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"The enslavement of African people in the Americas by the nations and peoples of Western Europe, created the economic engine that funded modern capitalism. Therefore it comes as no surprise that most of the major corporations that were founded by Western European and American merchants prior to roughly 100 years ago, benefited directly from slavery."

“The enslavement of African people in the Americas by the nations and peoples of Western Europe, created the economic engine that funded modern capitalism. Therefore it comes as no surprise that most of the major corporations that were founded by Western European and American merchants prior to roughly 100 years ago, benefited directly from slavery.”


Photographed in 1863 – Peter, a man who was enslaved in Baton Rouge, Louisiana, whose scars are a result of a whipping by his overseer, was subsequently discharged by Peter’s owner. The pattern of scarring seen here is highly suggestive of keloid formation and not necessarily due to a particularly brutal flogging.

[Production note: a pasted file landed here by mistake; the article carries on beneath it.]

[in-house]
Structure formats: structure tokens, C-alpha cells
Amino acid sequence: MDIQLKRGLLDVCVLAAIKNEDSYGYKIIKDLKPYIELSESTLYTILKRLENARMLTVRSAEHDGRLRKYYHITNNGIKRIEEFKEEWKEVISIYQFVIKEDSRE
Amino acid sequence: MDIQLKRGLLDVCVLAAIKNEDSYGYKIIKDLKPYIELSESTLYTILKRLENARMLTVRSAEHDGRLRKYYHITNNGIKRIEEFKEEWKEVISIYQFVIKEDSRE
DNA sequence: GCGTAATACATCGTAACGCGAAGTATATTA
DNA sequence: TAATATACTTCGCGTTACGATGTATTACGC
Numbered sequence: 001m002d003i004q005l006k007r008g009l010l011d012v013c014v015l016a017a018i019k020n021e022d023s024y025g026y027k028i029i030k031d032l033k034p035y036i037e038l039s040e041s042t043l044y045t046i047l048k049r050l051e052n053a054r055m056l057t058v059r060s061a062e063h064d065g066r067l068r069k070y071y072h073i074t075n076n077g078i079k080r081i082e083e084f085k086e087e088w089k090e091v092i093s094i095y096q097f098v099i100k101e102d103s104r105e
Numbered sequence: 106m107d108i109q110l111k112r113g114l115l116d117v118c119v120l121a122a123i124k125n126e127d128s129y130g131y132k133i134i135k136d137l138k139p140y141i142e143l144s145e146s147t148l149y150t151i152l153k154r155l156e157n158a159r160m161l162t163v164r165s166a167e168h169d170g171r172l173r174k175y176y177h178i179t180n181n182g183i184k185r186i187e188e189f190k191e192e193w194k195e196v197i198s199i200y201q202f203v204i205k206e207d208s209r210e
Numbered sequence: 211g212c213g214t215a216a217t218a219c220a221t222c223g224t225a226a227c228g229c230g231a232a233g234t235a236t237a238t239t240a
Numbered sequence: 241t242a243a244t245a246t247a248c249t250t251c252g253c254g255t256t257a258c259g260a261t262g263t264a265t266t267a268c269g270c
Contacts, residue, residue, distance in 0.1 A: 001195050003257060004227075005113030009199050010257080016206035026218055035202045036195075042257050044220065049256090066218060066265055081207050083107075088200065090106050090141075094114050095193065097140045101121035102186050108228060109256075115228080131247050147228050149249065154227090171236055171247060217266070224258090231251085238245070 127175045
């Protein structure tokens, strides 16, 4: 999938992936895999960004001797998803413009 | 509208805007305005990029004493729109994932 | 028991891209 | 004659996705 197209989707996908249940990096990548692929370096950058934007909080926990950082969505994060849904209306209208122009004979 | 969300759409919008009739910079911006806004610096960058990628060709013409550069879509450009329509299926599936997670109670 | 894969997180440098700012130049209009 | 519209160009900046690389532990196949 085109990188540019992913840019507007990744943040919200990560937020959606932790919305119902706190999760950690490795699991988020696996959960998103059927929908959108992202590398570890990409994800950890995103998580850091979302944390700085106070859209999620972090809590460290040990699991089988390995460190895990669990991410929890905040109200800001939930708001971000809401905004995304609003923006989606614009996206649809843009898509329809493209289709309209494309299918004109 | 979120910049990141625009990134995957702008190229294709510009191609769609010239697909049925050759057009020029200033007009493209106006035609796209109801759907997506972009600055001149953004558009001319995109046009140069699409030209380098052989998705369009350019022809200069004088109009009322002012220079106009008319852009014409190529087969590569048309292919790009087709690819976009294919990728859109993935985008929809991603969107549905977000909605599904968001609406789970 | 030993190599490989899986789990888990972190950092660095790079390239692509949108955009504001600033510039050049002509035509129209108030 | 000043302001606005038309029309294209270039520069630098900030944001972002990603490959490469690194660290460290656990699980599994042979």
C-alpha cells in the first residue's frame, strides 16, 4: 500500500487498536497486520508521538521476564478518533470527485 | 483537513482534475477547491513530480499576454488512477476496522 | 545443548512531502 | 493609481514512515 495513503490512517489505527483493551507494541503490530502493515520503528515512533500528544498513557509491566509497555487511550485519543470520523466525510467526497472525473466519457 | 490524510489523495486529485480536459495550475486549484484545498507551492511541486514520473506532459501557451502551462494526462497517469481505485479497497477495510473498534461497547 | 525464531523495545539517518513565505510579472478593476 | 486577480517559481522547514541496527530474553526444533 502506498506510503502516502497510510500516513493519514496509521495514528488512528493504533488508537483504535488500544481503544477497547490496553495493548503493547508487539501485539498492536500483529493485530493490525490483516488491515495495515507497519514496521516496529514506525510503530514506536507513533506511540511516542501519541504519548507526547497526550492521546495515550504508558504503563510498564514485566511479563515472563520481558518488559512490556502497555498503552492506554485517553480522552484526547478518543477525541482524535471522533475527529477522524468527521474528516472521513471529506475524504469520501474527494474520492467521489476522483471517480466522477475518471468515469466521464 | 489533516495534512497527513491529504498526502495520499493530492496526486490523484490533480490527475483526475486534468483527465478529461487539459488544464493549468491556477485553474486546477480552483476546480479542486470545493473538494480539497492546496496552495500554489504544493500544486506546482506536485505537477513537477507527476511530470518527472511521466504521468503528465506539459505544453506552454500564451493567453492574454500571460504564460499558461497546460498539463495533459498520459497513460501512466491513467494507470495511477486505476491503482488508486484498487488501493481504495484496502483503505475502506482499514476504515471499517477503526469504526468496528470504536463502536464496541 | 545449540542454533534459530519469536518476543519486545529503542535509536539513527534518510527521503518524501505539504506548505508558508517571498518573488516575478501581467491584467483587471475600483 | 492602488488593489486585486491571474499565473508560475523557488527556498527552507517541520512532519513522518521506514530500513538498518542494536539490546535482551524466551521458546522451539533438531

Slave 1A

Slavery is a system under which people are treated as property to be bought and sold, and are forced to work.[1]

The Tuskegee Institute records of lynchings between the years 1880 and 1951 show 3,437 African-American victims, as well as 1,293 white victims. Lynchings were concentrated in the Cotton Belt: (Mississippi, Georgia, Alabama, Texas and Louisiana).

   Slaves can be held against their will from the time of their capture, purchase or birth, and deprived of the right to leave, to refuse to work, or to demand  compensation.
Photographs Of Former Slaves Taken Seventy Years After The Emancipation Proclamation.